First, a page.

United States District Court, E.D. New York
SPRINT SOLUTIONS, INC., and SPRINT COMMUNICATIONS COMPANY L.P., Plaintiffs,
iCELL GURU, INC., and DANIEL YUSUPOV, Defendants.
For the Plaintiffs RUSSELL S. JONES, JR.
For the Defendants KEVIN K. TUNG Kevin
Kerveng Tung P.C.
FINDINGS OF FACT AND CONCLUSIONS OF LAW
FREDERIC BLOCK Senior United States District Judge
Solutions, Inc. and Spring Communications Company L.P.
(“Sprint”) bring this trademark infringement case
against iCell Guru, Inc. and its owner, Daniel Yusupov
(together, “iCell Guru”), under the Lanham Act,
15 U.S.C. §§ 1051-1141n and New York unfair
competition law. The case was tried before the Court without
a jury November 7-9, 2016. In accordance with Federal Rule of
Civil Procedure 52(a), the following are the Court's
combined findings of fact and conclusions of law.
accused iCell Guru of trademark infringement under the Lanham
Act when it sold iPhones programmed to be used exclusively on
the Sprint network. On June 7, 2016, the Court issued a
memorandum and order granting partial summary judgment in
favor of Sprint. It found that, as a matter of law, it was a
trademark infringement for iCell Guru to sell iPhones to be
used on the Sprint network with “bad” electronic
serial numbers. However, it determined that “damages
flowing from that conduct necessarily depend on the number of
such phones sold, and Sprint has not established that number
with any precision.” SJ Order at 7.
to recover on their Lanham Act claim at trial, Sprint needed
to establish the number of Sprint phones with bad ESNs that
iCell Guru sold. To do so, they introduced Plaintiffs'
Exhibit 2, a chart listing ninety-seven iPhones sold by iCell
Guru; Sprint claimed that these ninety-seven phones had bad
ESNs for one of three reasons: “never activated,
” “upgrade fraud, ” and
Activated. Seventy-one of the ninety-seven phones listed
on Plaintiffs' Exhibit 2 were marked as “never
activated.” Sprint's witness Clint Breithaupt
(“Breithaupt”), a certified fraud examiner at
Sprint, testified that these phones were flagged as having
bad ESNs because he “saw that [they were] not activated
on Sprint's network.” Tr. 153:5-6. After additional
analysis, Breithaupt discovered that those seventy-one phones
were supposed to be in Sprint's warehouse. Therefore, he
assumed that those phones were “stolen from the
warehouse, because otherwise [he] would have seen some kind
of shipping documentation from them.” Tr. 153:10-12.
Breithaupt conducted this examination during discovery in
this litigation: during discovery, iCell Guru disclosed the
ESN numbers of certain phones it sold, including these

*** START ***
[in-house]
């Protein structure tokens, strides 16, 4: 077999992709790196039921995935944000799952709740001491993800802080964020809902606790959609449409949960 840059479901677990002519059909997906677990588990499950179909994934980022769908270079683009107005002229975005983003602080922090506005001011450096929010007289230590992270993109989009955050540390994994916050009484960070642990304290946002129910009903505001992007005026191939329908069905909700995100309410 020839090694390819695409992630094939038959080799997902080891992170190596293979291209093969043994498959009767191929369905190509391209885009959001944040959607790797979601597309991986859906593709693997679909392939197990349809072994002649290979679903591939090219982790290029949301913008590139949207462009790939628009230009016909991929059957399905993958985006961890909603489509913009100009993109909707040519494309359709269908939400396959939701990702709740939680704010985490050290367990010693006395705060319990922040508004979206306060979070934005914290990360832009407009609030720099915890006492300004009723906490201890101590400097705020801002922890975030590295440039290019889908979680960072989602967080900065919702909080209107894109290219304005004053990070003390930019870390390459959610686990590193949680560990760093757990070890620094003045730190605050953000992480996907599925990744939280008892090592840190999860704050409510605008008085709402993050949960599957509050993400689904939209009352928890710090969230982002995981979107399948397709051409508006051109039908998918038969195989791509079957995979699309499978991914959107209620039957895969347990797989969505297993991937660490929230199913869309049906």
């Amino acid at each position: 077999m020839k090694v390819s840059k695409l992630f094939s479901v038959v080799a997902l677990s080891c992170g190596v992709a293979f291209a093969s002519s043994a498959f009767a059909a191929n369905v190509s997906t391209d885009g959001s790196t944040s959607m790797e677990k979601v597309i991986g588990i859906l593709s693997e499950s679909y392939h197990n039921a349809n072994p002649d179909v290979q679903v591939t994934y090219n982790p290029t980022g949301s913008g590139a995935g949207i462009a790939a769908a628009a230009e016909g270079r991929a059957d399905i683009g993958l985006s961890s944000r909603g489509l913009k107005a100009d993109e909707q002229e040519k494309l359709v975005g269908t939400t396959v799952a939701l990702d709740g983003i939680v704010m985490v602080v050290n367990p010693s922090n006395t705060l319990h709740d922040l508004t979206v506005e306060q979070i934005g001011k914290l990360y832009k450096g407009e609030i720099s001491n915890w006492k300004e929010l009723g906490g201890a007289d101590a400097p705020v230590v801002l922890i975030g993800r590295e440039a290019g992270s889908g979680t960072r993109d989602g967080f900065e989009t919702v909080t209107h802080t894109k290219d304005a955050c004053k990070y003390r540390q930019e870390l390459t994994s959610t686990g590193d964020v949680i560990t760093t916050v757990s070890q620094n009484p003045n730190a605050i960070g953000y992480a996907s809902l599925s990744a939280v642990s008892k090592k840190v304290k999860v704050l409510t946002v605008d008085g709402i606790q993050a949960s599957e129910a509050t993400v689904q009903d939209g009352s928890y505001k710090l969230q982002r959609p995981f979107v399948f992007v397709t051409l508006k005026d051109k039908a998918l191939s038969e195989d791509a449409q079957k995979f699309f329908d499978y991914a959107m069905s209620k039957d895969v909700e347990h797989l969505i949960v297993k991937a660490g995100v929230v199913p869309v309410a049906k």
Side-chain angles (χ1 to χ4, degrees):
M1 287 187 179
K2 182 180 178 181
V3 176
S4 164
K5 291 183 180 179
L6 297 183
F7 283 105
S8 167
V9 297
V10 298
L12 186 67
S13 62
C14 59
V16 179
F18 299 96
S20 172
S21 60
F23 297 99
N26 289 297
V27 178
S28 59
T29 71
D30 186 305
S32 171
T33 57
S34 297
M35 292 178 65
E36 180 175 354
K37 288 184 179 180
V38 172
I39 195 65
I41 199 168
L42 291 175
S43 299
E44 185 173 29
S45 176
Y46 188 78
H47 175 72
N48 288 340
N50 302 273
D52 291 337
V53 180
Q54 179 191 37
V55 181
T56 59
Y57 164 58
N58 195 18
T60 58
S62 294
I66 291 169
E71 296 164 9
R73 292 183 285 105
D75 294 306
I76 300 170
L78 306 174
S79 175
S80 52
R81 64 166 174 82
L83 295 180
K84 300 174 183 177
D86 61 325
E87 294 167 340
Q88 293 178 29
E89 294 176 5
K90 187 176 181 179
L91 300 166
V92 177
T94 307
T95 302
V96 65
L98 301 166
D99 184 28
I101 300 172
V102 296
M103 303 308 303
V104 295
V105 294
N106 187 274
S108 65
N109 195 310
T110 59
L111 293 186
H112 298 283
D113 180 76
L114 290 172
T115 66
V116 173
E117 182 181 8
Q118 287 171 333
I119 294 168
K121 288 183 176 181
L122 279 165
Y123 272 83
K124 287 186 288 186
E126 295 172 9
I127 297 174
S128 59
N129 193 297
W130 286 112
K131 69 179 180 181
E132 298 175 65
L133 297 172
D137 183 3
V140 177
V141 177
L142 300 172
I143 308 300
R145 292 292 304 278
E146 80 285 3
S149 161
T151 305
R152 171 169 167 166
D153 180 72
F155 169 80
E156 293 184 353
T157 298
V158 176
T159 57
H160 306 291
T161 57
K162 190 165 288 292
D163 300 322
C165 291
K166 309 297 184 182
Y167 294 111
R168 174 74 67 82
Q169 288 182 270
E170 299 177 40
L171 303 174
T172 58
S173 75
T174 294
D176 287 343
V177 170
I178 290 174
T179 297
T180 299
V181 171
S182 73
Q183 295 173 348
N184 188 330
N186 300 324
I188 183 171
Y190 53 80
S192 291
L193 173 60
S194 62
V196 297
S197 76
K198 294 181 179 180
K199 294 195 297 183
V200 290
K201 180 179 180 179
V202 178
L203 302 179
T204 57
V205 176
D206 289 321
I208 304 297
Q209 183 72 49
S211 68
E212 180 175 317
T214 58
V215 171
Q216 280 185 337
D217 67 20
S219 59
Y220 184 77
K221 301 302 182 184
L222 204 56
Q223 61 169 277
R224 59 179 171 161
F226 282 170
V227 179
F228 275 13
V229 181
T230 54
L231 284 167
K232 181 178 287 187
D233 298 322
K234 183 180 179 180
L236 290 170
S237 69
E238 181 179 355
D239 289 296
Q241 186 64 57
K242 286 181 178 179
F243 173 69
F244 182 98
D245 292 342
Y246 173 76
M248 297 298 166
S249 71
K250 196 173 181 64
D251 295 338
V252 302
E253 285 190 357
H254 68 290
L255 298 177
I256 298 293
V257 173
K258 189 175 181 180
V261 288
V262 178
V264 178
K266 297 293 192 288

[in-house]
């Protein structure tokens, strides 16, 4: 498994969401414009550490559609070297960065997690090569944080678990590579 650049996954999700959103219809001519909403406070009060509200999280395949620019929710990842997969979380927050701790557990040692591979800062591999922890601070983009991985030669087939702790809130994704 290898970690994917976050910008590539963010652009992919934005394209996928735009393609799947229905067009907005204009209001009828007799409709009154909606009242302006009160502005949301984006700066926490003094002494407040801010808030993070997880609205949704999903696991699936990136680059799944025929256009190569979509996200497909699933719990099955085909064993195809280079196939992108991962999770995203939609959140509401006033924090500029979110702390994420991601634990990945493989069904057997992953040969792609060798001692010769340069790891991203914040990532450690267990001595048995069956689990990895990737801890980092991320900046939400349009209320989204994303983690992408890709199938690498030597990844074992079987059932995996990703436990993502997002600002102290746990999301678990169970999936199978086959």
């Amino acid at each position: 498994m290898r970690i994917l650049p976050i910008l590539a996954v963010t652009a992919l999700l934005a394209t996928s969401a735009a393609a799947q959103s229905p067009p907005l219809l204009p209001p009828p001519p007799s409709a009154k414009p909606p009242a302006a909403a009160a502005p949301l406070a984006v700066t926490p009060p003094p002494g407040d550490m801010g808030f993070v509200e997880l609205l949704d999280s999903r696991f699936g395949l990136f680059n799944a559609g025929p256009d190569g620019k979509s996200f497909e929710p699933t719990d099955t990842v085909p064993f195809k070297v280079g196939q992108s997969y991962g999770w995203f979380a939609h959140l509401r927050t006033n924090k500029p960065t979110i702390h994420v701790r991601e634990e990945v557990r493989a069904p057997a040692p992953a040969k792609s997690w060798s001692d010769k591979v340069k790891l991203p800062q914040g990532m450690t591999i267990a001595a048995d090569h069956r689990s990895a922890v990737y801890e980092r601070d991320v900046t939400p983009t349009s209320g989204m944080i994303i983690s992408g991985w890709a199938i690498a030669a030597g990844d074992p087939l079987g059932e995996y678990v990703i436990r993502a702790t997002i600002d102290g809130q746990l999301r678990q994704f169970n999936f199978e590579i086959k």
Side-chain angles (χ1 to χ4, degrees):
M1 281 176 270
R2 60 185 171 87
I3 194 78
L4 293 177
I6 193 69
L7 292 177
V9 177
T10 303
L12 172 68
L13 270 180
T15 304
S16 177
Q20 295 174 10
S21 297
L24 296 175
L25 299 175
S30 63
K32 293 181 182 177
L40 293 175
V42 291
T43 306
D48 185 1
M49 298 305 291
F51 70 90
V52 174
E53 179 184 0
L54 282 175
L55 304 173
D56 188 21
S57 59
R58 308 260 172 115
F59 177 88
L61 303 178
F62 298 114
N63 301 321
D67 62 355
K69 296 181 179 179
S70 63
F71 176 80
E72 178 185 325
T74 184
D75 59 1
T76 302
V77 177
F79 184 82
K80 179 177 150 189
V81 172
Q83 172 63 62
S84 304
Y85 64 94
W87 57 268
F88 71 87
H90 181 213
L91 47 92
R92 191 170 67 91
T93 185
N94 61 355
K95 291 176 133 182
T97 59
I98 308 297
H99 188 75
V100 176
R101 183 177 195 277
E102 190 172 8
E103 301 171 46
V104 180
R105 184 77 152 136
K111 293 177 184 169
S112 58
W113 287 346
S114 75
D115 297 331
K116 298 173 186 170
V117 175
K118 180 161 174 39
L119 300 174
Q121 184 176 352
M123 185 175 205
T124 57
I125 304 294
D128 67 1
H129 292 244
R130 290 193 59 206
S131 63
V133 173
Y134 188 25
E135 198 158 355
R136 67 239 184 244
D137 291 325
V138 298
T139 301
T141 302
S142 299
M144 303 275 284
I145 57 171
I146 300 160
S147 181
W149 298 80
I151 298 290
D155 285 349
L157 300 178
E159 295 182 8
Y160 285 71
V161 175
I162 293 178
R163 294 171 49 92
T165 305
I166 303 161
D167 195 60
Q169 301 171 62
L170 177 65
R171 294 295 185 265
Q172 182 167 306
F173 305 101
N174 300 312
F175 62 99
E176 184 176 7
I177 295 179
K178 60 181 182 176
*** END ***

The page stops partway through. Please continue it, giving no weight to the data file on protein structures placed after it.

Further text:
seventy-one phones, at which time Breithaupt checked those
ESNs and found that they were supposed to still be in
Sprint's warehouse. Only then did Breithaupt flag those
phones as having bad ESNs. At the time iCell Guru sold the
seventy-one “never activated” phones, then, they
did not have bad ESNs; therefore, the sale of these phones
does not constitute trademark infringement.
Fraud. Twenty-two of the ninety-seven phones listed on
Plaintiffs' Exhibit 2 were marked as “upgrade
fraud.” Breithaupt testified that “upgrade
fraud” meant “that those phones were purchased
and resold and they were not activated on the Sprint network
for thirty days.” Tr. 167:2-3. Five of these twenty-two
phones were initially sold to iCell Guru by Stuart Drobney
(“Drobney”), Sprint's private investigator.
Tr. 170:15-25. This was clearly not upgrade fraud: Sprint
gave Drobney those phones for the purpose of selling them to
defendants to further their investigation in preparation for
litigation. This calls into question the accuracy of labeling
the other seventeen phones as “upgrade fraud.”
Breithaupt does not recall contacting the individuals who
allegedly sold their upgraded Sprint phones to iCell Guru; it
is possible that any one of those individuals was entitled to
sell his or her upgraded phone because, by the terms of his
or her contract with Sprint, he or she had title to that
phone immediately after upgrading. The Court therefore finds
that Sprint has not established that the twenty-two phones
marked “upgrade fraud” were actually bad ESN
phones at the time that iCell Guru sold them.
The remaining four phones on Plaintiffs' Exhibit 2 are
marked “lost/stolen.” Breithaupt testified that
these phones are so marked because they were “reported
lost or stolen by customers.” Tr. 193:9-10. However,
one of the four phones was marked “lost/stolen”
six months after iCell Guru sold that phone; this
phone did not have a bad ESN at the time iCell Guru sold it.
See Tr. 194:21-23. The other three
“lost/stolen” phones were not discussed at trial,
but in light of the fact that Sprint failed to prove the
other ninety-four phones on Plaintiffs' Exhibit 2
actually had bad ESNs at the time iCell Guru sold
them-despite labeling them otherwise-the Court is not
persuaded that the remaining three phones had bad ESNs when
iCell Guru sold them.
respect to Sprint's unfair competition claim under New
York state law, it must show that iCell Guru, in bad faith,
infringed upon its trademark by selling Sprint iPhones with
bad ESNs. Because Sprint did not prove that defendants
actually sold any ...